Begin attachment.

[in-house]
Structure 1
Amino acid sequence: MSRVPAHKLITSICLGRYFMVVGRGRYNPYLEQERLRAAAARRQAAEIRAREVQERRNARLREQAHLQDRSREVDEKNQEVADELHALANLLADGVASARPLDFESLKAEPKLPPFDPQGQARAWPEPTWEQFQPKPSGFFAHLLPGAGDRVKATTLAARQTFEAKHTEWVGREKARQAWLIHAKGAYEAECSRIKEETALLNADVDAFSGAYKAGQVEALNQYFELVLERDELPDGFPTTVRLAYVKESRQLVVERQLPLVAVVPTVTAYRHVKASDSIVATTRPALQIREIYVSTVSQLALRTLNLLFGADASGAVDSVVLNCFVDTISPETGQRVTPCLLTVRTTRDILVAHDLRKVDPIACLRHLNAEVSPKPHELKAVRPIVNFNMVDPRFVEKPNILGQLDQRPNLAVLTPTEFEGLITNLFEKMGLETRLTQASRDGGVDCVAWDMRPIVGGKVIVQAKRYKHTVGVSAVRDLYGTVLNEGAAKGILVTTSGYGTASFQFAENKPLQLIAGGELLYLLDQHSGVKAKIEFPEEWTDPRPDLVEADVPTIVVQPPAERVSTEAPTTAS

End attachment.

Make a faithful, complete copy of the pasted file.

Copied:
[in-house]
Structure 1
Amino acid sequence: MSRVPAHKLITSICLGRYFMVVGRGRYNPYLEQERLRAAAARRQAAEIRAREVQERRNARLREQAHLQDRSREVDEKNQEVADELHALANLLADGVASARPLDFESLKAEPKLPPFDPQGQARAWPEPTWEQFQPKPSGFFAHLLPGAGDRVKATTLAARQTFEAKHTEWVGREKARQAWLIHAKGAYEAECSRIKEETALLNADVDAFSGAYKAGQVEALNQYFELVLERDELPDGFPTTVRLAYVKESRQLVVERQLPLVAVVPTVTAYRHVKASDSIVATTRPALQIREIYVSTVSQLALRTLNLLFGADASGAVDSVVLNCFVDTISPETGQRVTPCLLTVRTTRDILVAHDLRKVDPIACLRHLNAEVSPKPHELKAVRPIVNFNMVDPRFVEKPNILGQLDQRPNLAVLTPTEFEGLITNLFEKMGLETRLTQASRDGGVDCVAWDMRPIVGGKVIVQAKRYKHTVGVSAVRDLYGTVLNEGAAKGILVTTSGYGTASFQFAENKPLQLIAGGELLYLLDQHSGVKAKIEFPEEWTDPRPDLVEADVPTIVVQPPAERVSTEAPTTAS